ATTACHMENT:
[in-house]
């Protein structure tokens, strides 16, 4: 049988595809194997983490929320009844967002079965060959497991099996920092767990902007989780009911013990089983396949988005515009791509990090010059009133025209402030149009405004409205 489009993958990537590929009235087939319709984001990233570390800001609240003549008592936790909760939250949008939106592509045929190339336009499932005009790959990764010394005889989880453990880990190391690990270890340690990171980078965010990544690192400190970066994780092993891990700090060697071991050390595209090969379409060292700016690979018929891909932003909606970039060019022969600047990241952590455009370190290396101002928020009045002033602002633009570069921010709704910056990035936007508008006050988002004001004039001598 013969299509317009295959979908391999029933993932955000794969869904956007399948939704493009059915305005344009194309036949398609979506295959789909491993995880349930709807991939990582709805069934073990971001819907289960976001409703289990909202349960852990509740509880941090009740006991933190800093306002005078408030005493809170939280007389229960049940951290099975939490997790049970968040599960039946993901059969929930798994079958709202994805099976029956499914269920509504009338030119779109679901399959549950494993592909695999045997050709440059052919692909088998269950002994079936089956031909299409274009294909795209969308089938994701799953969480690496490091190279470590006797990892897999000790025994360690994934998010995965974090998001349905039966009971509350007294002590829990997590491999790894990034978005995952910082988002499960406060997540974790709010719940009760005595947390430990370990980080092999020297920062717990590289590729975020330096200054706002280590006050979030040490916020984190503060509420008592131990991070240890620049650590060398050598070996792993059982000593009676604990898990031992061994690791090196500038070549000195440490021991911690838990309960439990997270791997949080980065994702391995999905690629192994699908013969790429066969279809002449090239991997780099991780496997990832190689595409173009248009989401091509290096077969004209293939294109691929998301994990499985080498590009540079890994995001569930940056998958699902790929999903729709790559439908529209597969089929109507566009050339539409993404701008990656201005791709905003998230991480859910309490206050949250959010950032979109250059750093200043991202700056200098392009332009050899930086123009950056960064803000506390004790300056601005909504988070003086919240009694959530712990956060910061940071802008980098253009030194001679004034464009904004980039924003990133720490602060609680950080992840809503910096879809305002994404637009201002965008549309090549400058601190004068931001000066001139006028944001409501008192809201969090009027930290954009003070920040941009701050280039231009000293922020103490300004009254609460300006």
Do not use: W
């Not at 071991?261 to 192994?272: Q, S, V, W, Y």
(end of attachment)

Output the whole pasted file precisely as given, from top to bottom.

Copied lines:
[in-house]
């Protein structure tokens, strides 16, 4: 049988595809194997983490929320009844967002079965060959497991099996920092767990902007989780009911013990089983396949988005515009791509990090010059009133025209402030149009405004409205 489009993958990537590929009235087939319709984001990233570390800001609240003549008592936790909760939250949008939106592509045929190339336009499932005009790959990764010394005889989880453990880990190391690990270890340690990171980078965010990544690192400190970066994780092993891990700090060697071991050390595209090969379409060292700016690979018929891909932003909606970039060019022969600047990241952590455009370190290396101002928020009045002033602002633009570069921010709704910056990035936007508008006050988002004001004039001598 013969299509317009295959979908391999029933993932955000794969869904956007399948939704493009059915305005344009194309036949398609979506295959789909491993995880349930709807991939990582709805069934073990971001819907289960976001409703289990909202349960852990509740509880941090009740006991933190800093306002005078408030005493809170939280007389229960049940951290099975939490997790049970968040599960039946993901059969929930798994079958709202994805099976029956499914269920509504009338030119779109679901399959549950494993592909695999045997050709440059052919692909088998269950002994079936089956031909299409274009294909795209969308089938994701799953969480690496490091190279470590006797990892897999000790025994360690994934998010995965974090998001349905039966009971509350007294002590829990997590491999790894990034978005995952910082988002499960406060997540974790709010719940009760005595947390430990370990980080092999020297920062717990590289590729975020330096200054706002280590006050979030040490916020984190503060509420008592131990991070240890620049650590060398050598070996792993059982000593009676604990898990031992061994690791090196500038070549000195440490021991911690838990309960439990997270791997949080980065994702391995999905690629192994699908013969790429066969279809002449090239991997780099991780496997990832190689595409173009248009989401091509290096077969004209293939294109691929998301994990499985080498590009540079890994995001569930940056998958699902790929999903729709790559439908529209597969089929109507566009050339539409993404701008990656201005791709905003998230991480859910309490206050949250959010950032979109250059750093200043991202700056200098392009332009050899930086123009950056960064803000506390004790300056601005909504988070003086919240009694959530712990956060910061940071802008980098253009030194001679004034464009904004980039924003990133720490602060609680950080992840809503910096879809305002994404637009201002965008549309090549400058601190004068931001000066001139006028944001409501008192809201969090009027930290954009003070920040941009701050280039231009000293922020103490300004009254609460300006």
Do not use: W
């Not at 071991?261 to 192994?272: Q, S, V, W, Y």